Bladder cancer

• Worldwide, the number of new cases in 2018, both sexes, all ages is 549,393 and 199,922 deaths from bladder cancer.1

• Organ-removing radical cystectomy (RC) is considered the standard of care in advanced disease and is associated with the risk for prolonged hospitalization and substantial morbidity, related to stoma care 3,5

• RC and bladder-sparing tri-modality therapy (TMT) (radiation therapy, concurrent chemotherapy, and transurethral resection of bladder tumor) options are both recommended by guidelines and have similar survival but different morbidity and life quality profiles 3,4

• Bladder-sparing treatment including localized radiation therapy achieves preservation of the bladder in over 70% of patients 3

• TMT is an alternative to RC, especially in patients with a high operative risk or not willing to sacrifice their bladder 5

BioXmark® is under development and not yet CE marked

BioXmark® for bladder cancer radiation therapy

Radical chemoradiotherapy for patients with muscle-invasive bladder cancer is becoming accepted as a viable treatment option with good long-term outcomes. However, high dose radiation can damage normal tissue if not accurately targeted. Image guided radiotherapy aided by fiducial markers improves patient outcomes, on one hand by sparing small bowel and uninvolved bladder toxicity and on the other hand by increased actual dose of the tumor radiation. Traditional gold fiducial markers are safe and feasible to apply; 6,7 however, the procedure is time consuming and literature studies shows that up to 40% of the gold seeds are lost in verification imaging.8 A contrast agent Lipiodol, used as a fiducial marker, is also shown to be safe and feasible.9,10 However, the biggest disadvantage of Lipiodol is fading, poor visualization and loss of spots likely due to intravesical spillage during injection in the perivesical fatty tissue, leading to inaccurate delineation of the tumor borders. 9,11
BioXmark® has the potential benefit of stable visibility without blurring properties or spillage combined with simple application.

BioXmark® – Clinical study for use in bladder cancer IGRT

The study “BioXmark® liquid fiducial markers for image guided radiotherapy in bladder cancer, a safety and performance trial “is ongoing in Academic Medical Center, Amsterdam. The Principal investigator M.C.C.M. Hulshof, M.D., Ph.D., radiation oncologist. The study is registered in the Dutch Trial Register no NL 7396 (NTR 7605), date 18-07-2018. ABR number is NL 65305.018.18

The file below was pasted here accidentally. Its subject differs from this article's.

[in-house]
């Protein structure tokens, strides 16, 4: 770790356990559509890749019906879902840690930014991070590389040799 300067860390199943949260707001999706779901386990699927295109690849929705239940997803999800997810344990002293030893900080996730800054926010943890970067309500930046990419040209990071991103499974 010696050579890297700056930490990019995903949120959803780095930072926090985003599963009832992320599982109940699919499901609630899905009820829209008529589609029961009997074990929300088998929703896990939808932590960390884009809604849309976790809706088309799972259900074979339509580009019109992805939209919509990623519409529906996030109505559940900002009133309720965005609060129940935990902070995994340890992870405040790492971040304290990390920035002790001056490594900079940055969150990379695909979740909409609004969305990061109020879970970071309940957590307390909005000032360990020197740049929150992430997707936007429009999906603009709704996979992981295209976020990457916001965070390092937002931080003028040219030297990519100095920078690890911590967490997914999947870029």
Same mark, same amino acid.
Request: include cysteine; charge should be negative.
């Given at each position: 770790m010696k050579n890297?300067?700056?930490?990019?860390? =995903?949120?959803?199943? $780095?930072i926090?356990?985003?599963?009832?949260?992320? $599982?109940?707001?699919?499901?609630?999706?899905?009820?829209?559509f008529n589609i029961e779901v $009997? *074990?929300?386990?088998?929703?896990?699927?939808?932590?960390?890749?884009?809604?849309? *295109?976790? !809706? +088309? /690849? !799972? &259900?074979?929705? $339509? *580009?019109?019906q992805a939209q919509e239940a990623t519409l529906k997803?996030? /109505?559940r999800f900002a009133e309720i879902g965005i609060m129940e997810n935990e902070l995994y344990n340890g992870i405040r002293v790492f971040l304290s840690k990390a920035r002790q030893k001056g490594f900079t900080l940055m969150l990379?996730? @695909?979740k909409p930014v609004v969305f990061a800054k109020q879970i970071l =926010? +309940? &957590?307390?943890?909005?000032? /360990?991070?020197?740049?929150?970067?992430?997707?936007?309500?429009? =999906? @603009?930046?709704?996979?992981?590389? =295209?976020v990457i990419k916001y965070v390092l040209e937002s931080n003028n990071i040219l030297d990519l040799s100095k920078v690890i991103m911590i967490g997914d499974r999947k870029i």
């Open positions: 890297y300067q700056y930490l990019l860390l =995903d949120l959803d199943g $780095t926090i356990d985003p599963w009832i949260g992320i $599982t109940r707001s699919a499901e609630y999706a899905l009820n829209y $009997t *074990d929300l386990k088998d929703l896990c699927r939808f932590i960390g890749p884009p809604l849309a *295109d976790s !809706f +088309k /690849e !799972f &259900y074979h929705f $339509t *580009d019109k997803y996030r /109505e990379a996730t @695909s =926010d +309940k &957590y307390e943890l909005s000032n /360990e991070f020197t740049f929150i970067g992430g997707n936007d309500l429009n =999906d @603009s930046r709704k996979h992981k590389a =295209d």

BioXmark® implantation procedure used in the study:
Patients underwent a cystoscopy without sedation. A 23G needle was primed with the liquid marker before placement down the endoscope and the tip cleaned to remove eventual fluid at the outer contour of the needle. Once the tumor area was identified, the endoscopic needle was inserted in the endoscope system. Afterwards, volumes of 0.1 ml have been injected into the submucosal layer at the borders of the tumor, or at an endoscopic clearly defined near distance from the tumor. Preferably 4-5 sites of the tumor are marked, but at least 3. No learning curve was expected, as the injection of fluids with the aid of cystoscopy in the submucosa is considered a standard urological procedure.
The recruitment of all 20 study participants is completed. Results from the study will be presented when available.

For information about BioXmark®, see BioXmark®.


1. World Health Organization

2. The American Cancer Society

3. Royce T.J. et al. Comparative Effectiveness of Bladder-preserving Tri-modality Therapy Versus Radical Cystectomy for Muscle-invasive Bladder Cancer Clinical Genitourinary Cancer. 2019; Vol. 17, No. 1, 23-31

4. Kulkarni G. S. et al. Propensity Score Analysis of Radical Cystectomy Versus Bladder-Sparing Trimodal Therapy in the Setting of a Multidisciplinary Bladder Cancer Clinic. J Clin Oncol 2017; 35:2299-2305

5. Wettstein S.M. et al. Systematic review and meta-analysis on trimodal therapy versus radical cystectomy for muscle-invasive bladder cancer: Does the current quality of evidence justify definitive conclusions? PLoS ONE 2019; 14(4): e0216255

6. Biancia C. et al. Image guided radiation therapy for bladder cancer: Assessment of bladder motion using implanted fiducial markers. Pract Radiat Oncol 2014;4(2):108–15.

7. Garcia M. et al. Endoscopic gold fiducial marker placement into the bladder wall to optimize radiotherapy targeting for bladder-preserving management of muscle-invasive bladder cancer: Feasibility and initial outcomes. PLoS One 2014; 9: e89754.

8. Hulshof MC et al. Intravesical markers for delineation of target volume during external focal irradiation of bladder carcinomas. Radiother Oncol. 2007; 84(1):49-51.

9. Søndergaard J. et al. A study of image-guided radiotherapy of bladder cancer based on Lipiodol injection in the bladder wall. Acta Oncol 2010; 49:1109–15.

10. Chai X. et al. Behavior of Lipiodol Markers During Image Guided Radiotherapy of Bladder Cancer. Int J Radiat Oncol Biol Phys 2010; 77:309–14.

11. Nolan C.P. & Forde E.J. A review of the use of fiducial markers for image-guided bladder radiotherapy.
Acta Oncologica, 2016; 55:5, 533-538.